Persistent Homology and Nested Dissection

Presented at the 23rd Fall Workshop on Computational Geometry, New York City, October 2013.

Nested dissection exploits underlying topology to do matrix reductions while persistent homology exploits matrix reductions to reveal underlying topology.
It seems natural that one should be able to combine these techniques to beat the currently best bound of matrix multiplication time for computing persistent homology.
However, nested dissection works by fixing a reduction order, whereas persistent homology generally constrains the ordering.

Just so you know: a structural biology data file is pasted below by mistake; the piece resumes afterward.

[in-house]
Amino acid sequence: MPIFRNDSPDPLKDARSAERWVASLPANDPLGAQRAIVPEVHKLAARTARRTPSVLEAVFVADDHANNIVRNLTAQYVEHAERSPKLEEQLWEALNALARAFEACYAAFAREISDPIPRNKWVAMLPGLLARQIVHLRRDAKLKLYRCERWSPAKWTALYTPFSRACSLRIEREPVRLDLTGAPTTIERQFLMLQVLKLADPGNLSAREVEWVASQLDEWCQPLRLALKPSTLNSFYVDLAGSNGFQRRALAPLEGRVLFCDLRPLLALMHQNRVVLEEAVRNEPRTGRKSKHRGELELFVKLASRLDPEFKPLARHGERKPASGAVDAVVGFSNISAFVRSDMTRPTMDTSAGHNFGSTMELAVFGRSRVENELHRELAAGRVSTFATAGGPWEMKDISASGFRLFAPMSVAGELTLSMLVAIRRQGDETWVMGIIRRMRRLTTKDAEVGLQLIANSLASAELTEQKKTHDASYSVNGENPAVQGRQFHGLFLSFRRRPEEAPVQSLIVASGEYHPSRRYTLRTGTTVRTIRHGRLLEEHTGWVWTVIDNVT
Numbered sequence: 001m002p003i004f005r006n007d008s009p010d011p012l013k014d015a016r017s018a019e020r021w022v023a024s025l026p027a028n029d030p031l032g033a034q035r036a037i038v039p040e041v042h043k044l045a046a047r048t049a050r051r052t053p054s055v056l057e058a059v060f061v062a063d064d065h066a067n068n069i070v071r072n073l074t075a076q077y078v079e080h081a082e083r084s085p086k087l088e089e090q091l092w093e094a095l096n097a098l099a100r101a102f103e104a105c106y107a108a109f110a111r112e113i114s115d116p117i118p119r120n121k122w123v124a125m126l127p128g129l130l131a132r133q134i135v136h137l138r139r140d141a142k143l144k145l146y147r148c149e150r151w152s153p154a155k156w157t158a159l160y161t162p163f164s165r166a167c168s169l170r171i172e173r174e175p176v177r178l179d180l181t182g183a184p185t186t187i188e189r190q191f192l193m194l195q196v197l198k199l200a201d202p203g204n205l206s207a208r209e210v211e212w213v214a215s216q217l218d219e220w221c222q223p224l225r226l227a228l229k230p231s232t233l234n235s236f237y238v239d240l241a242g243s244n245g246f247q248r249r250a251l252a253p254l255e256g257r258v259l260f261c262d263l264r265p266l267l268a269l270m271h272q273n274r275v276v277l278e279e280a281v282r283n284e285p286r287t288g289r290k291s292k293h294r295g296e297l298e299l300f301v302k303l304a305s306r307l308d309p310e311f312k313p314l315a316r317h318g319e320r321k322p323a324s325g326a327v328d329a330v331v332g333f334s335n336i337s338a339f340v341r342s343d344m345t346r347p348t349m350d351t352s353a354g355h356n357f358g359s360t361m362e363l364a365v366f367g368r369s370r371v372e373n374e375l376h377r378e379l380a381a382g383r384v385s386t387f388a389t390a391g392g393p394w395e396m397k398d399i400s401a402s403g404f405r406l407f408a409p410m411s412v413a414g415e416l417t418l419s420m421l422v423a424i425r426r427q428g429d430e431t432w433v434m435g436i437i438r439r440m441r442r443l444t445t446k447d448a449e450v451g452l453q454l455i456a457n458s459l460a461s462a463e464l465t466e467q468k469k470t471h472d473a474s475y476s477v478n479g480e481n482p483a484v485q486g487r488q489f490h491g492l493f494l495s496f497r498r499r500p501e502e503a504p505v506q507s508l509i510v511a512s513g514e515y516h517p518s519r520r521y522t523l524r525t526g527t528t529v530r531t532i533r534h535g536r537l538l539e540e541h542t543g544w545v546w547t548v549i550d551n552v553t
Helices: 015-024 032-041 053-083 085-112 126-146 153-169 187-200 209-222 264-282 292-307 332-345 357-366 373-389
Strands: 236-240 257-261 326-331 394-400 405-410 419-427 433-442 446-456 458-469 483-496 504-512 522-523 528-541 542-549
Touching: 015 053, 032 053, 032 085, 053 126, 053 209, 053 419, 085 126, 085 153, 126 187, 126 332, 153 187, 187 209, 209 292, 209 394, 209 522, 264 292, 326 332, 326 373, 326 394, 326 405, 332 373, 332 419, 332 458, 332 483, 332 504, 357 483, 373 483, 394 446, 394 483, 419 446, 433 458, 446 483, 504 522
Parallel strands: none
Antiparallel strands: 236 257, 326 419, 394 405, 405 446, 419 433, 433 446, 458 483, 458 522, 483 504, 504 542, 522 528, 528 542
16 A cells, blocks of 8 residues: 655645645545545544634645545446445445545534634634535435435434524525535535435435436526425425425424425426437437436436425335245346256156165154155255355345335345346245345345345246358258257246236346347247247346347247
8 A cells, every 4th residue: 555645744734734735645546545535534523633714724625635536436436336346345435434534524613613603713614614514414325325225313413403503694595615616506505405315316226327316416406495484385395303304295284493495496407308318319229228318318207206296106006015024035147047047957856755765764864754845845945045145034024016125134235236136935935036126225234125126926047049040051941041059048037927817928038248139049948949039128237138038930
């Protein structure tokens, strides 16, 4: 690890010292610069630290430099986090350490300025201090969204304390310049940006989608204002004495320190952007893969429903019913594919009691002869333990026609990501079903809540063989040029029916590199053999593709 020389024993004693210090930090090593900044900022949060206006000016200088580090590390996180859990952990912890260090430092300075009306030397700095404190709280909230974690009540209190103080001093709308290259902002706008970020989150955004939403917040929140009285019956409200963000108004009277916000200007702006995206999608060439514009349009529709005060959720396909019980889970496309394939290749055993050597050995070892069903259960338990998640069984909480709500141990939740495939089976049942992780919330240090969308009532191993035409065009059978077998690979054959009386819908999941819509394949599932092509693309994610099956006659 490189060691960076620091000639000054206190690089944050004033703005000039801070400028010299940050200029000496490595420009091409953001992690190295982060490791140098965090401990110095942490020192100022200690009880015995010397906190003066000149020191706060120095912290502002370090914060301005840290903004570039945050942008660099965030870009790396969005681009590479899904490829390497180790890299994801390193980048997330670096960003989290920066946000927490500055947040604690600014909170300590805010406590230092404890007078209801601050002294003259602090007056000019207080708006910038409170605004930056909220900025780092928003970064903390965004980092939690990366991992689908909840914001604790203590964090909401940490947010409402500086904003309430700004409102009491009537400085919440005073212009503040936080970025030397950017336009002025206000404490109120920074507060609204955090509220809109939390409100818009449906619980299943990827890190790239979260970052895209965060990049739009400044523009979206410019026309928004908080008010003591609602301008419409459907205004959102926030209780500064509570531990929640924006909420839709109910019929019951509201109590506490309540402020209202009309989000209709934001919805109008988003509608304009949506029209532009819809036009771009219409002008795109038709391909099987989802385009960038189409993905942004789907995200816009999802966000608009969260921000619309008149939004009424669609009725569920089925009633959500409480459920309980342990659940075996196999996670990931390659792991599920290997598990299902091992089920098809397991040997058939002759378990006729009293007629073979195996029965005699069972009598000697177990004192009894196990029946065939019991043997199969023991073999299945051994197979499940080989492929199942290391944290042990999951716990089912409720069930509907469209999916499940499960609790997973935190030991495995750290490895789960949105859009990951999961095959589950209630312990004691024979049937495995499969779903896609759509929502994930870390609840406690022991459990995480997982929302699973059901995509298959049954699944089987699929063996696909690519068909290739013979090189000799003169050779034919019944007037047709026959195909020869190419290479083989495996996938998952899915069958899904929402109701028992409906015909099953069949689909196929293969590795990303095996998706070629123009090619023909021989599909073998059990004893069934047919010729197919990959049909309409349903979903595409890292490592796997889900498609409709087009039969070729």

Despite this obstruction, we show that it is possible to combine these two theories.
This shows that one can improve the computation of persistent homology of a filtration by exploiting information about the underlying space.
It gives reasonable geometric conditions under which one can beat the matrix multiplication bound for persistent homology.
This is a purely theoretical result, but it's a valuable one.
We also give a topological view of nested dissection, which should be interesting to the wider theory community.
For example, separators are covers, sparsification is simplification, asymmetric reduction is morse reduction, graph separators can be extended to complex separators.